So let's say the backlist is small, and it's better to leave out the ePublisher, do the conversion through a freelancer, and get a 70% royalty for the author (in their best interest!) by publishing directly with Amazon, etc. The agency handles everything. Of course, they should still get their 15% commission. They got the book sold in the first place, and they're facilitating the ebook.

But I've heard of agencies, here and abroad, taking a 50% instead of 15% cut in the name of all the "extra work" they're doing on the ebook. To someone who doesn't know the steps (unlike you who does know the steps), that probably sounds reasonable. Who the heck knows how HTML works, anyway?! It's probably some sort of voodoo.

Those agencies seem to be saying "pay us 35% for publishing this ebook, and, of course, we're still entitled to our 15% for working on and getting the book sold in the first place." So a cut for a "Publisher" function and one for an "Agency" function. This is where we cross the ethical line, in my opinion.

There's no publisher involved.

"But," you might say, "don't they deserve some more dough for the extra work they're doing that a publisher normally would?"

Well, back to yesterday's post: There are 6 steps (roughly) to getting an ebook online. 3 of those are probably going to be done by a freelancer (the conversion). Your agency, unless they've made some big personnel changes recently, is probably going to contract this work out. After all, they've had a full-time gig being agents for some time now; more than likely they don't have time to integrate ebook coding themselves.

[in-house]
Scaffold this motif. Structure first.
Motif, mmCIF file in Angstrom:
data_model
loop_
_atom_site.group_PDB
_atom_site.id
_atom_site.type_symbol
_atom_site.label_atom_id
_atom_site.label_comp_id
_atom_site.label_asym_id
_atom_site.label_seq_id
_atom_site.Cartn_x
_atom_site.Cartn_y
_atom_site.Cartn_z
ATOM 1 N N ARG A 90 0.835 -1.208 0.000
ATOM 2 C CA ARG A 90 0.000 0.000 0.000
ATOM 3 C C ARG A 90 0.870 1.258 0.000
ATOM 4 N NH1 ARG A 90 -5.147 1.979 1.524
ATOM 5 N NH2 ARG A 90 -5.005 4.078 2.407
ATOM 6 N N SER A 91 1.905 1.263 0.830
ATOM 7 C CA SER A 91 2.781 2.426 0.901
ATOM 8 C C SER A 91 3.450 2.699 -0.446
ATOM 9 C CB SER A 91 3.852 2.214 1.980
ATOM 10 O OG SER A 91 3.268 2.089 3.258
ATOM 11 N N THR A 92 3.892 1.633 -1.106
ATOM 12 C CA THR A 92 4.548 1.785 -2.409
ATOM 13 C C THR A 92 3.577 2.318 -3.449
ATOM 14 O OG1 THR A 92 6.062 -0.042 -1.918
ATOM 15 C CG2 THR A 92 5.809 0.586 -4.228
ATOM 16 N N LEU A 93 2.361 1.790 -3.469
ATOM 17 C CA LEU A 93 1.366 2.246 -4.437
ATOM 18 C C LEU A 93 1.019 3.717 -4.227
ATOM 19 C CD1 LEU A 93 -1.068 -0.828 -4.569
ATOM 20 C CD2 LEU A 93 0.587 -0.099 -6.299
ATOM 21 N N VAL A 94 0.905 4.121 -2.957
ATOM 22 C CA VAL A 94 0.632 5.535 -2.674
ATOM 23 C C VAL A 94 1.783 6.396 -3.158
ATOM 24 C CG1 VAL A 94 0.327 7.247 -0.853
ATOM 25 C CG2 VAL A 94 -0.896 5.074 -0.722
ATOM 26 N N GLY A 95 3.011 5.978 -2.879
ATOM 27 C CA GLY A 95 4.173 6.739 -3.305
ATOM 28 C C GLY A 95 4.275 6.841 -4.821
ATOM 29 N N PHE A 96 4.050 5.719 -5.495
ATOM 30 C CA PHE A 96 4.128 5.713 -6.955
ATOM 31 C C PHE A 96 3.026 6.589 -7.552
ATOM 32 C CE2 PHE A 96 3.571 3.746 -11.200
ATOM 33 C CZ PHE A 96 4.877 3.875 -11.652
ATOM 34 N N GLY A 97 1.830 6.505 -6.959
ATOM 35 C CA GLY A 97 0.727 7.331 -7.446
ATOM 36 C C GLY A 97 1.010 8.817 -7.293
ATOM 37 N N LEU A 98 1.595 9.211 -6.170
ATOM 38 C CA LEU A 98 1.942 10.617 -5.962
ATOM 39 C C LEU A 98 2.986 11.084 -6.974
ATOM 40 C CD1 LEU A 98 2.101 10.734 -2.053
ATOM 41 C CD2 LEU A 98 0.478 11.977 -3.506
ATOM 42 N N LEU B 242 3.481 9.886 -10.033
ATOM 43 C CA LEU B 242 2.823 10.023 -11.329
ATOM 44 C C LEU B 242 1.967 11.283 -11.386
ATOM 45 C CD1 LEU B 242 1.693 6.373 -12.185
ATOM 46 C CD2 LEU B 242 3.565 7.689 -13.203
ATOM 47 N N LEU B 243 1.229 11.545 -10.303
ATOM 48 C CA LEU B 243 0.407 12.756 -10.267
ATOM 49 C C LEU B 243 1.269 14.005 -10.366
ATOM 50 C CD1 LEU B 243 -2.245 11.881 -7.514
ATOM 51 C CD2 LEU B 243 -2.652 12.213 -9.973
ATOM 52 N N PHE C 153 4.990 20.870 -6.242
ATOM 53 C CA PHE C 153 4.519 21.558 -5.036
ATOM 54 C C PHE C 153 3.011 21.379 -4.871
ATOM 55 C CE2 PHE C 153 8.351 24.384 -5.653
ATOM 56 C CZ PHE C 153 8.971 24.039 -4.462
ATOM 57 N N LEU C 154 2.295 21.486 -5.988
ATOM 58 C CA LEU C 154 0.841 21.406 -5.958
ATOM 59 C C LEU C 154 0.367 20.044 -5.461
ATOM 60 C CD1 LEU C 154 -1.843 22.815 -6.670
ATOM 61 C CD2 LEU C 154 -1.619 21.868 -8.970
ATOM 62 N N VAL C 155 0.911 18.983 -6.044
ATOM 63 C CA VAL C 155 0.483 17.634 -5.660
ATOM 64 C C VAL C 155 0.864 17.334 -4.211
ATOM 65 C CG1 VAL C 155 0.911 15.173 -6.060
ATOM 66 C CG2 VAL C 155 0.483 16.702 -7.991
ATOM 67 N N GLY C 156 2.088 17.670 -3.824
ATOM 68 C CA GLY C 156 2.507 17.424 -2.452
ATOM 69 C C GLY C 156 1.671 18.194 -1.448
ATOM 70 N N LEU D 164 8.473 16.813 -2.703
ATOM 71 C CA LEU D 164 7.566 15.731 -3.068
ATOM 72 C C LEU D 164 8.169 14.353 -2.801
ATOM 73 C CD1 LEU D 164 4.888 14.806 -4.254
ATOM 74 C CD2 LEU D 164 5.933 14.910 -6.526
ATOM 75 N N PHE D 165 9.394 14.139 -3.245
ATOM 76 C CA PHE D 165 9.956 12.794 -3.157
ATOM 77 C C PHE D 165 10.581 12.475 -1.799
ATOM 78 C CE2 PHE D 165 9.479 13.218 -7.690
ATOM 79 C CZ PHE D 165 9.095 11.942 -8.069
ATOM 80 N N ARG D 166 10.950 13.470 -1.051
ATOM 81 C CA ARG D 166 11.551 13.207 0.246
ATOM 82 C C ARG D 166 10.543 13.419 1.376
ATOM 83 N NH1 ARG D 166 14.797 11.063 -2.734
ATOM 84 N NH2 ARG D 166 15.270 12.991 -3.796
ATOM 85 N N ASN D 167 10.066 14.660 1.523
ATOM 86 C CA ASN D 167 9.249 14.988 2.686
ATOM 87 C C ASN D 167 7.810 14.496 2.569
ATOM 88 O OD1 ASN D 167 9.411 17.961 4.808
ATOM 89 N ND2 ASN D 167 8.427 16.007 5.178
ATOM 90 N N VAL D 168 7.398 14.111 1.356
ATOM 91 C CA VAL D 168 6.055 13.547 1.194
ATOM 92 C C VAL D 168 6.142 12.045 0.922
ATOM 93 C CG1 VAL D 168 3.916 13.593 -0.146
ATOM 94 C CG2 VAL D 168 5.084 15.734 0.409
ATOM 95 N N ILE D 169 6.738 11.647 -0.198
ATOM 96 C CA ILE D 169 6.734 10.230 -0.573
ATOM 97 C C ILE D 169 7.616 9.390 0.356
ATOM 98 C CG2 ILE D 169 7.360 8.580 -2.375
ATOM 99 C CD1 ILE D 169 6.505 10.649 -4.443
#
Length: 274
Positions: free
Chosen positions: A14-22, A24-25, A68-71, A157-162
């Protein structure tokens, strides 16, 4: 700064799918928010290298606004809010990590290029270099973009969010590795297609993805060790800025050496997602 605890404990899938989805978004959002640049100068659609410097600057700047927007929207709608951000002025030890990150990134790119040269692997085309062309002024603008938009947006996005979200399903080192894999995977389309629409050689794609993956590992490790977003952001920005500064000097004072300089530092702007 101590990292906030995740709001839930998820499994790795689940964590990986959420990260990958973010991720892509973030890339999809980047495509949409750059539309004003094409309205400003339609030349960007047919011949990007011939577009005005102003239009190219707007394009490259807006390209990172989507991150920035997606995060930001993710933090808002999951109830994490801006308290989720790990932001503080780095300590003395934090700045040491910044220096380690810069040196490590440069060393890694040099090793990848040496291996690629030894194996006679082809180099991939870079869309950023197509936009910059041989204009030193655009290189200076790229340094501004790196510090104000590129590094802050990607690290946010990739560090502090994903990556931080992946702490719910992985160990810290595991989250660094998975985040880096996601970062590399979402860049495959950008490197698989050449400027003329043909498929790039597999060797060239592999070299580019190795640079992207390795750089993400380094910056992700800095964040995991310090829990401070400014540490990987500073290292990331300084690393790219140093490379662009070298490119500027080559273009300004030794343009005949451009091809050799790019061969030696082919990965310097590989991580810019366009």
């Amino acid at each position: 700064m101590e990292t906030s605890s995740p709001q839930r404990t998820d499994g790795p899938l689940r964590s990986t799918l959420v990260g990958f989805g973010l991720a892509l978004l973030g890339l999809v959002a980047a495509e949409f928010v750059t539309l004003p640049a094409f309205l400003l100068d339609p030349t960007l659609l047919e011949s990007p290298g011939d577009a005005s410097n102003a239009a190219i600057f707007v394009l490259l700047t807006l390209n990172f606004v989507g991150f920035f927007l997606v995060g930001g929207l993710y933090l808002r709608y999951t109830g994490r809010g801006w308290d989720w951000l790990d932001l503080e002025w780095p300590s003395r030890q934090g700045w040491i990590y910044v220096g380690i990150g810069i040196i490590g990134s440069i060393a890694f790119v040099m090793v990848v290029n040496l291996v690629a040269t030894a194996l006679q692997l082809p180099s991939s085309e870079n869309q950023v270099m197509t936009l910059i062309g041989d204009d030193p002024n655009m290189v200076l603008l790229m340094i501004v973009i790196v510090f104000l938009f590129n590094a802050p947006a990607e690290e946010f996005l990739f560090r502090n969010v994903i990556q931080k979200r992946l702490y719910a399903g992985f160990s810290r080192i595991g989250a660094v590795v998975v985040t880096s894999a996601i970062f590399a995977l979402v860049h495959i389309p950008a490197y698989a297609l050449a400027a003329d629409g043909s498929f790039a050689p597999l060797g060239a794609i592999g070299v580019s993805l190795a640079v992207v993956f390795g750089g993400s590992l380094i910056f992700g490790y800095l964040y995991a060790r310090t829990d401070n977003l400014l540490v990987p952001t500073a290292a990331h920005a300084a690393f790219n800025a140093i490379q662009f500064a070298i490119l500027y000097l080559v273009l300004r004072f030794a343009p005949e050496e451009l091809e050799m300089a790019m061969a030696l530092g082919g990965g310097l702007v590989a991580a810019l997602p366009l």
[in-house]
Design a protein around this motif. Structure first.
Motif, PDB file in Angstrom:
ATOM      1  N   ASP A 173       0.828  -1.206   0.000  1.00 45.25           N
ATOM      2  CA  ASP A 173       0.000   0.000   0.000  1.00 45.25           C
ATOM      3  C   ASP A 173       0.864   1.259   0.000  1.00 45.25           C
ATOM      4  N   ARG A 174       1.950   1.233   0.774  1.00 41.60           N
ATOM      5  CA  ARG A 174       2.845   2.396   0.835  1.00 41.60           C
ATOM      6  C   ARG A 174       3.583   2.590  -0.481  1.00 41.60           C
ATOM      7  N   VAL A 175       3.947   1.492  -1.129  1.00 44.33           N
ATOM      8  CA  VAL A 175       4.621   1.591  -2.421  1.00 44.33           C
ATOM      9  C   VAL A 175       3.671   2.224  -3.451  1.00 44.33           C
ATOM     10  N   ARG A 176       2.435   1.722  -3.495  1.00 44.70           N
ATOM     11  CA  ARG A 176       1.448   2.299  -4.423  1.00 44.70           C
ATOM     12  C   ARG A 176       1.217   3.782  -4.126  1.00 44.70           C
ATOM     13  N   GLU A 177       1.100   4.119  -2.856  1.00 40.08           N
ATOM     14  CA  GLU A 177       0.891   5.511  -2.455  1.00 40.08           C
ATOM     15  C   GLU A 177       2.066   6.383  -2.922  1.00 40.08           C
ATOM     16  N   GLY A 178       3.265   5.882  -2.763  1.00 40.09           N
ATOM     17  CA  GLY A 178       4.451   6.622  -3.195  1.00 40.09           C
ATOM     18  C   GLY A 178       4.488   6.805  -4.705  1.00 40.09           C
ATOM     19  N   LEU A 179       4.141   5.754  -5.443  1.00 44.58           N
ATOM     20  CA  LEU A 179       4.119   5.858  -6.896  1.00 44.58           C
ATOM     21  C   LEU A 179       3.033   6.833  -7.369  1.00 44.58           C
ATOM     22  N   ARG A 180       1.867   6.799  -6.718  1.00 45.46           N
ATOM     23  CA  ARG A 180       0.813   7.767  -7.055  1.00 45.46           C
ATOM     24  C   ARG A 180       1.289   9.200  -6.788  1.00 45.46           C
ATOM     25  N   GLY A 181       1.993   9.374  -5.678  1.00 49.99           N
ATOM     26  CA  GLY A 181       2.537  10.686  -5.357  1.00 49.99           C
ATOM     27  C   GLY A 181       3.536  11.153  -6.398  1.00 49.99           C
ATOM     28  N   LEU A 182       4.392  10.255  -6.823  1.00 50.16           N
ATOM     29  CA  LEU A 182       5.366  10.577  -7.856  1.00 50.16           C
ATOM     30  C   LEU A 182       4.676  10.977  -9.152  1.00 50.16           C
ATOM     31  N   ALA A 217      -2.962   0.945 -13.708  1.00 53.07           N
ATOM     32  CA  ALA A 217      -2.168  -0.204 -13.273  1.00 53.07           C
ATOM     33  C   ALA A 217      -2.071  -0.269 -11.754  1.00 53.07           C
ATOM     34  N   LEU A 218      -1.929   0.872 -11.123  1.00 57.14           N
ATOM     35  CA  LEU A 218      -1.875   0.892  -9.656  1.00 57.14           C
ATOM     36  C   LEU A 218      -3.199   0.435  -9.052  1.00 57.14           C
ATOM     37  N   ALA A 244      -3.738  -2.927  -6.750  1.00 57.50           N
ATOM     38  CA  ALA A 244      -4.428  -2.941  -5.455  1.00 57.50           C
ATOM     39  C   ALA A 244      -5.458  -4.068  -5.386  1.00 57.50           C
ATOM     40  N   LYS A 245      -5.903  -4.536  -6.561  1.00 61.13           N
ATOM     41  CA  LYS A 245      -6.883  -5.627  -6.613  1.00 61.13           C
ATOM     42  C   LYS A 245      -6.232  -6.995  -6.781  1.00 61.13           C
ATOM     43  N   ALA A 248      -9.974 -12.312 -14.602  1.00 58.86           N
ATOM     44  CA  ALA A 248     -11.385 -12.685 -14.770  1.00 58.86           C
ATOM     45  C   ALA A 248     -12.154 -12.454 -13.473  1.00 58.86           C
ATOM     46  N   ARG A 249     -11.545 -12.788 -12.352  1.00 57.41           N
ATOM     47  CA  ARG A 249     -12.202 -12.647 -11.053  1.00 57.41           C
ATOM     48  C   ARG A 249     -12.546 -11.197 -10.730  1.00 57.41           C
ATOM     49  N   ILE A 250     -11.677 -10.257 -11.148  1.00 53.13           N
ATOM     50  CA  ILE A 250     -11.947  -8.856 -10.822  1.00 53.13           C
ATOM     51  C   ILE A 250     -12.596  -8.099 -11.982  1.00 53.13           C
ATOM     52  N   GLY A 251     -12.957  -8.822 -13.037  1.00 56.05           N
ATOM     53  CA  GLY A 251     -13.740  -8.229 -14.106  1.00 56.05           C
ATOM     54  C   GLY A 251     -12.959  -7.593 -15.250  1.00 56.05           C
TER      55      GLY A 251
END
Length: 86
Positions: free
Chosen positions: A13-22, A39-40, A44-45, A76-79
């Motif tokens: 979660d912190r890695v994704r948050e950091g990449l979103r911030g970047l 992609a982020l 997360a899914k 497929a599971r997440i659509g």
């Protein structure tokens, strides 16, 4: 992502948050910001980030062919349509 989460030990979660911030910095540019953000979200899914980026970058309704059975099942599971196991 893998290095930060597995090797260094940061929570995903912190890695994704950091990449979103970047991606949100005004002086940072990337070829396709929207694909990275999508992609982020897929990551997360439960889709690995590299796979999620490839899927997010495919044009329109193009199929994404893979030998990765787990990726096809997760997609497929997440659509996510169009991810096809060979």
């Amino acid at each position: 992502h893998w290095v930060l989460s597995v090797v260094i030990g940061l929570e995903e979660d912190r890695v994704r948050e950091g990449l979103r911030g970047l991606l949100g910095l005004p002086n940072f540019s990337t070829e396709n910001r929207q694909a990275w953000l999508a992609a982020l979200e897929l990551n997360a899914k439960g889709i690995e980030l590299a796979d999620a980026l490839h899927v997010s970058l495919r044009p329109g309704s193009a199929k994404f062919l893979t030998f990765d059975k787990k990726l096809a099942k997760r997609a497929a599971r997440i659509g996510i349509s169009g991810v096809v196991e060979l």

So, you should be paying the freelancer, not the agency, for the conversion. A simple referral to a freelancer doesn't justify a 35% cut of sales (forever).

Step 4, the upload, takes vigilance and attention to detail, but it's a one-time deal. And it takes about 30 minutes. I've heard of and support agencies charging a (small) flat fee to perform this service, but a 200%+ higher commission rate?...not so much.

Step 5 is a step that agencies already do for all of your books. Monitor sales and royalties. So that definitely doesn't justify 35% more money--or any more money.

The final step, marketing, is and always will be a split labor. I do foresee agencies charging to do marketing for their authors. We are, after all, really good sales people. But marketing services should not affect commission rates, which are tied to sale of books only. (Marketing helps sales of books, but it is not sales of books)